Deposing a Suspected Malingerer: The Use of a Deposition “Opening Statement”

WDC Journal Edition: Winter 2013
By: Russell M. Ware, SmithAmundsen LLC

I. Introduction

We generally think of a plaintiff’s deposition in a personal injury case as being divided into two sections, with one devoted to liability questions and one devoted to damage questions. However, there is a third portion of the deposition which requires attention. This is what we can call the “opening statement” of the deposition. Correctly done, it can be an important part of the process, especially if the plaintiff is suspected of malingering.

Most questioners use the initial portion of the deposition questioning to elicit the questioning to greet the witness, to elicit basic background information, and to remind the witness to make audible, verbal responses. But the introductory portion of a deposition—an “opening statement,” if you will—deserves more preparation, especially in a case where any malingering on the part of the plaintiff is suspected. This article will offer ideas to use in crafting the introductory portion of a deposition so as to make the deposition more useful in the defense of questionable claims.

II. Why an “Opening Statement” Portion of a Deposition Is Important in a Suspected Malingering Case

Experience teaches that most plaintiffs are sincere and well-intentioned when giving their deposition testimony. Even if they are affected by the very normal desire to make sure their injuries are not overlooked or unfairly minimized, and if they therefore do tend to embellish or even overstate injuries to some degree at a deposition, such conduct does not make the plaintiff dishonest or unworthy of compensation. In some rare cases, however, exaggerations at deposition arise not of the legitimate desire for adequate compensation, but of a desire to seriously deceive and mislead. A good deposition “opening statement” can help separate the great mass of well-meaning plaintiffs from the rare malingering plaintiffs, and also help the jury make the same distinction. This is done by employing preliminary questioning which elicits responses tying the plaintiff unequivocally and permanently to any deposition testimony which is later shown to be demonstrably false, and which therefore assures that the plaintiff's attempts at trial to disavow, explain away, or “sugarcoat” untruthfulness in such deposition testimony will be unsuccessful.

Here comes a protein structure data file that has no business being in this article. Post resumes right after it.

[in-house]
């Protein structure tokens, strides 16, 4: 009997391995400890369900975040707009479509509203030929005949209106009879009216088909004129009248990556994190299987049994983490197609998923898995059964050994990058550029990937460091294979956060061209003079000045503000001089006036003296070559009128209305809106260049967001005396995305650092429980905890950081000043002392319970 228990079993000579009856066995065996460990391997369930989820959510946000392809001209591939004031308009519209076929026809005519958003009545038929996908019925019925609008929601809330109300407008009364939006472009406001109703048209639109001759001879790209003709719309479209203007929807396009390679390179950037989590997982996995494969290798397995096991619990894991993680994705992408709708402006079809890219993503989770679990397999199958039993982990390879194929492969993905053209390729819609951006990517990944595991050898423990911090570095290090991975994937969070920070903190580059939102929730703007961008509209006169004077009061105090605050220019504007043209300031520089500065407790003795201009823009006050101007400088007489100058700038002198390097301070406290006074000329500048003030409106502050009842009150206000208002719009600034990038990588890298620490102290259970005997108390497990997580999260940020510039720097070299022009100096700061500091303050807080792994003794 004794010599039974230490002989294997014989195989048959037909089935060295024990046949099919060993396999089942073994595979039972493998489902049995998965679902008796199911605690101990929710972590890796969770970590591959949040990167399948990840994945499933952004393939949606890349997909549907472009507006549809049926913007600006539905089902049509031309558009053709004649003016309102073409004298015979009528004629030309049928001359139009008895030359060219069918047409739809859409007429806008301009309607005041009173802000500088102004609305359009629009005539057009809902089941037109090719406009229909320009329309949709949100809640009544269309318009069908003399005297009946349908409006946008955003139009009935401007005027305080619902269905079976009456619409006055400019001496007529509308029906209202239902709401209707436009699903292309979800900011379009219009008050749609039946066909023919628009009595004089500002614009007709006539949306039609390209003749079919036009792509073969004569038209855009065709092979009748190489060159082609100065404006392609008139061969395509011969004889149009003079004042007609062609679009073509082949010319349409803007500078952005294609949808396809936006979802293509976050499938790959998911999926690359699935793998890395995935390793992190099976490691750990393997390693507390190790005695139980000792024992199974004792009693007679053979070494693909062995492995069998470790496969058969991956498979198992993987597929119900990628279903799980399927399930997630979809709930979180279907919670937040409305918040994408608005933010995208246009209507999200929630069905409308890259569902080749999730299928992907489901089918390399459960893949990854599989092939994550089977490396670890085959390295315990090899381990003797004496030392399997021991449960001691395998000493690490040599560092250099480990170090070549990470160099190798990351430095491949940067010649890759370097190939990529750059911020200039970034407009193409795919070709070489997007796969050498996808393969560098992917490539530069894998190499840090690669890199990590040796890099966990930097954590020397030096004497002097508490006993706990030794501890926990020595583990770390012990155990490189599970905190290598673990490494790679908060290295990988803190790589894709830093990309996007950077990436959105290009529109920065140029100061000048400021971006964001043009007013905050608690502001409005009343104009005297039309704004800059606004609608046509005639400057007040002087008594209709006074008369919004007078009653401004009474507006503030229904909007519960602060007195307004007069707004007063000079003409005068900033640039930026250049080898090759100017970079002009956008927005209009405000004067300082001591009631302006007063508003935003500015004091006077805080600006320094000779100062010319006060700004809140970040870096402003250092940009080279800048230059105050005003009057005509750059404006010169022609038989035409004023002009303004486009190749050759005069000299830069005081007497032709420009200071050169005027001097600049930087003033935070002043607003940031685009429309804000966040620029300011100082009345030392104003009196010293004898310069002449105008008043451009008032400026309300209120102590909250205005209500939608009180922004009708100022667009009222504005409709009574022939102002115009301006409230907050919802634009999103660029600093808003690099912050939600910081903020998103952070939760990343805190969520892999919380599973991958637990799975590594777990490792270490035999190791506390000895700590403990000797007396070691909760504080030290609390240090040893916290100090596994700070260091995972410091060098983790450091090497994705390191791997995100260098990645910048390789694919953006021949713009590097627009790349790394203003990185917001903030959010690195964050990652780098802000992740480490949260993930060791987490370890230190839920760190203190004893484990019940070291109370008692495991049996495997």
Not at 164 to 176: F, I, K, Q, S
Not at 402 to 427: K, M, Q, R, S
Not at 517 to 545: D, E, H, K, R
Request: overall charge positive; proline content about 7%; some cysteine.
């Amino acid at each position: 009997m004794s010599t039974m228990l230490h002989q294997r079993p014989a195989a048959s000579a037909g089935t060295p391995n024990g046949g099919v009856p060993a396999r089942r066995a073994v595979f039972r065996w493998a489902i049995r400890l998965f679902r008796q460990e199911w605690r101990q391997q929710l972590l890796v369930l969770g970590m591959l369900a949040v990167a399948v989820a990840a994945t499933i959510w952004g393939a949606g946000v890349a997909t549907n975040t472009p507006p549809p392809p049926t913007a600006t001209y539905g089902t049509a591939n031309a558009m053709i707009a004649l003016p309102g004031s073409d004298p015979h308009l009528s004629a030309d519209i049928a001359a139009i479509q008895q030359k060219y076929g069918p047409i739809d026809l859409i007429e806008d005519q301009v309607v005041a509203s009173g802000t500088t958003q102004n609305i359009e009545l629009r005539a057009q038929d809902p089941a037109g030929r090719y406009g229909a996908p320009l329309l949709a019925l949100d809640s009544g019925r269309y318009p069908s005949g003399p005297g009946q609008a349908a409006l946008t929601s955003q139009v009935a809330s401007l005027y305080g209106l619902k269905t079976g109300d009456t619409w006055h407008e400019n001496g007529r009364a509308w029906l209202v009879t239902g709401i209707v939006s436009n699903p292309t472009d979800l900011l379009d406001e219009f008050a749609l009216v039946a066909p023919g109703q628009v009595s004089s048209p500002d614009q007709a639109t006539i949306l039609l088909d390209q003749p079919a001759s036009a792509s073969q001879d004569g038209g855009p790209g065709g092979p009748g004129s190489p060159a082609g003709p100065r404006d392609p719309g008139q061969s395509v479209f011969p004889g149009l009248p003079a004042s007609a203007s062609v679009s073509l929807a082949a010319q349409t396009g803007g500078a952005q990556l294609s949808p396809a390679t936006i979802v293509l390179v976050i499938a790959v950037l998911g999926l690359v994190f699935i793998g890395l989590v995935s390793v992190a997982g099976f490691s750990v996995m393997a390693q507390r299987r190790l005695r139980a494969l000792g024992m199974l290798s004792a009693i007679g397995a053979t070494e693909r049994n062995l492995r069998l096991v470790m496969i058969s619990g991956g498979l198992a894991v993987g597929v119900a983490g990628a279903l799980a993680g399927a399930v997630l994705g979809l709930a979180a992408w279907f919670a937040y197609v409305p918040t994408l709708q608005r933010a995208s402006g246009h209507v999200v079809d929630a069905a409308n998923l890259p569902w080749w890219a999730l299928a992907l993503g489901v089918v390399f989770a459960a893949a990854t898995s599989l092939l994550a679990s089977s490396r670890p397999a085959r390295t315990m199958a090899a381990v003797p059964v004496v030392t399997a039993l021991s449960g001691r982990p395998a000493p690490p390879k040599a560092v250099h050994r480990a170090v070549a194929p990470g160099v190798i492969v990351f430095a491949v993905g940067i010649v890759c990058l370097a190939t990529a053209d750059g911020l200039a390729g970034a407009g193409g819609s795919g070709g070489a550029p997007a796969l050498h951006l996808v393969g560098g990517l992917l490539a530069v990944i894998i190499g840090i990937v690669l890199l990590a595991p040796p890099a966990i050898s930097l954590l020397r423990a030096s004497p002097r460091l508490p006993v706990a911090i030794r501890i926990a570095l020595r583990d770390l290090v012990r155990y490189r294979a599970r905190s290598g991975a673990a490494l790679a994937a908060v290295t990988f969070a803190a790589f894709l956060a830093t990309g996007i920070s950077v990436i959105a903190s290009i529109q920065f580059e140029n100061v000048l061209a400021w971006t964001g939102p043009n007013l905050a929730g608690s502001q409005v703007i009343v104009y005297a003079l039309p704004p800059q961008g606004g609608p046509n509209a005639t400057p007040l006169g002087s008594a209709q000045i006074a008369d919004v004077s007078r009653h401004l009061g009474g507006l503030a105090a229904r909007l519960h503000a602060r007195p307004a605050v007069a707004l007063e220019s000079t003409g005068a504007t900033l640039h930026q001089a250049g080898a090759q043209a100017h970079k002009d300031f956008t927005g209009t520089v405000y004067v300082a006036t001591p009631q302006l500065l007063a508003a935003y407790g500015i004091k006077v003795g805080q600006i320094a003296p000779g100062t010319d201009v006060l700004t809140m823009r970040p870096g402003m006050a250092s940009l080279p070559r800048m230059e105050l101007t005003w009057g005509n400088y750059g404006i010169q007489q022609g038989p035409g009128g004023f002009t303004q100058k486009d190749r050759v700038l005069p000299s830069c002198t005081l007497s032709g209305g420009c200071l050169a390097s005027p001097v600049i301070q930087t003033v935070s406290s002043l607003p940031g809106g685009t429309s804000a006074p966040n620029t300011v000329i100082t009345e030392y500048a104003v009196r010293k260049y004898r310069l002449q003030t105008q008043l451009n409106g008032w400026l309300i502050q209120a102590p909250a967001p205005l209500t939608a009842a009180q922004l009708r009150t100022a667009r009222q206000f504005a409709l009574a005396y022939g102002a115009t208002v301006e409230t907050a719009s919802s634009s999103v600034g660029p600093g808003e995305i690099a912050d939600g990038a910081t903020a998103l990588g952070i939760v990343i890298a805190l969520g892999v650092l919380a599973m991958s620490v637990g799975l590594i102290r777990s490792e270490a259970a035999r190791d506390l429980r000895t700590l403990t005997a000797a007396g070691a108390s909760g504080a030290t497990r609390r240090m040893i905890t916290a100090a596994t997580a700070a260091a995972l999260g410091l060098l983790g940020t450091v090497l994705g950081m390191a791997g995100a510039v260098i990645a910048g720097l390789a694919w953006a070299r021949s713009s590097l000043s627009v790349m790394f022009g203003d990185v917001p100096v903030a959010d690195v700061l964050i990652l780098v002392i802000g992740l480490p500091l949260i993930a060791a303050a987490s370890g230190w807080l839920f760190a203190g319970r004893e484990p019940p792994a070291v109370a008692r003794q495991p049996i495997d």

III. The Contents of an Effective Deposition “Opening Statement”

An effective “opening statement” —actually, a series of questions seeking plaintiff’s affirmative responses—has a number of aspects. First, statements by defense counsel in question form concerning the role of the questioner and court reporter, and how plaintiff’s counsel will be there to protect the interest of the plaintiff, are important; they will document that the plaintiff had a full understanding of deposition procedures. Similarly, previewing for the witness the topics which will be covered—how the plaintiff came to be hurt, how the plaintiff is doing now, and what the plaintiff’s condition was before the accident—will confirm the witness’s understanding of the purpose of the deposition.